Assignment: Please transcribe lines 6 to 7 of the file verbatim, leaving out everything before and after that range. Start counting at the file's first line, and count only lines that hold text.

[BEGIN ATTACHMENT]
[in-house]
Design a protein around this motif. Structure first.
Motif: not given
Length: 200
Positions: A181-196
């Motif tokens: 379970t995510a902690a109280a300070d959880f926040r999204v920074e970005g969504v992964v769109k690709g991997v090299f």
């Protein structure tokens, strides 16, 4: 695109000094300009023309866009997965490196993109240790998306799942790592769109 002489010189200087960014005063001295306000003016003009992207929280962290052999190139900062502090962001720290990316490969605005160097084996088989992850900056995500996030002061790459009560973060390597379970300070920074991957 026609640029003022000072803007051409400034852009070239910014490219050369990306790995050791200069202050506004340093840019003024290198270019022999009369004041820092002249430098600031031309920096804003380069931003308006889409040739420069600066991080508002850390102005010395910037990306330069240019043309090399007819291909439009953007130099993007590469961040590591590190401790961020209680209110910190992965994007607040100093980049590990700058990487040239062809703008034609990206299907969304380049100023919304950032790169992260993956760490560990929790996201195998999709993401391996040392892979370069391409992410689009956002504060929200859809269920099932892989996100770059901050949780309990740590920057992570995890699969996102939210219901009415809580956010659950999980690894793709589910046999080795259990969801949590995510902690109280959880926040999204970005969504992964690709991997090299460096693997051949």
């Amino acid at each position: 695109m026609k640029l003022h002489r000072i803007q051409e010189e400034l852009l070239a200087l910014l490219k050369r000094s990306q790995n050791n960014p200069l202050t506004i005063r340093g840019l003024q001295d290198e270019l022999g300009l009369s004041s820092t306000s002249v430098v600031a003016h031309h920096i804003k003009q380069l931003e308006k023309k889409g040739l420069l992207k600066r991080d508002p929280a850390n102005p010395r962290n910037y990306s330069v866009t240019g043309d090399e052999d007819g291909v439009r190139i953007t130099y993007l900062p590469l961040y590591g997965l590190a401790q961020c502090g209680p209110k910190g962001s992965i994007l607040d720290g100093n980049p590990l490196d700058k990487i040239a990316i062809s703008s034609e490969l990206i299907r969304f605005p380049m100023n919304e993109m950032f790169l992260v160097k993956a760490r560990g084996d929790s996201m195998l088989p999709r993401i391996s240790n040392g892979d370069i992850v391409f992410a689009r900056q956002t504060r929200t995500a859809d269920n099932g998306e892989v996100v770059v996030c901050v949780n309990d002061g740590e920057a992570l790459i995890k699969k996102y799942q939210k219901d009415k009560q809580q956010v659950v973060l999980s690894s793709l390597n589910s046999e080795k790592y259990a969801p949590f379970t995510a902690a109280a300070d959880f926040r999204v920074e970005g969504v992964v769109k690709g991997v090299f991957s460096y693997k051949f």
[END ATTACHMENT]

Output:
């Motif tokens: 379970t995510a902690a109280a300070d959880f926040r999204v920074e970005g969504v992964v769109k690709g991997v090299f």
């Protein structure tokens, strides 16, 4: 695109000094300009023309866009997965490196993109240790998306799942790592769109 002489010189200087960014005063001295306000003016003009992207929280962290052999190139900062502090962001720290990316490969605005160097084996088989992850900056995500996030002061790459009560973060390597379970300070920074991957 026609640029003022000072803007051409400034852009070239910014490219050369990306790995050791200069202050506004340093840019003024290198270019022999009369004041820092002249430098600031031309920096804003380069931003308006889409040739420069600066991080508002850390102005010395910037990306330069240019043309090399007819291909439009953007130099993007590469961040590591590190401790961020209680209110910190992965994007607040100093980049590990700058990487040239062809703008034609990206299907969304380049100023919304950032790169992260993956760490560990929790996201195998999709993401391996040392892979370069391409992410689009956002504060929200859809269920099932892989996100770059901050949780309990740590920057992570995890699969996102939210219901009415809580956010659950999980690894793709589910046999080795259990969801949590995510902690109280959880926040999204970005969504992964690709991997090299460096693997051949």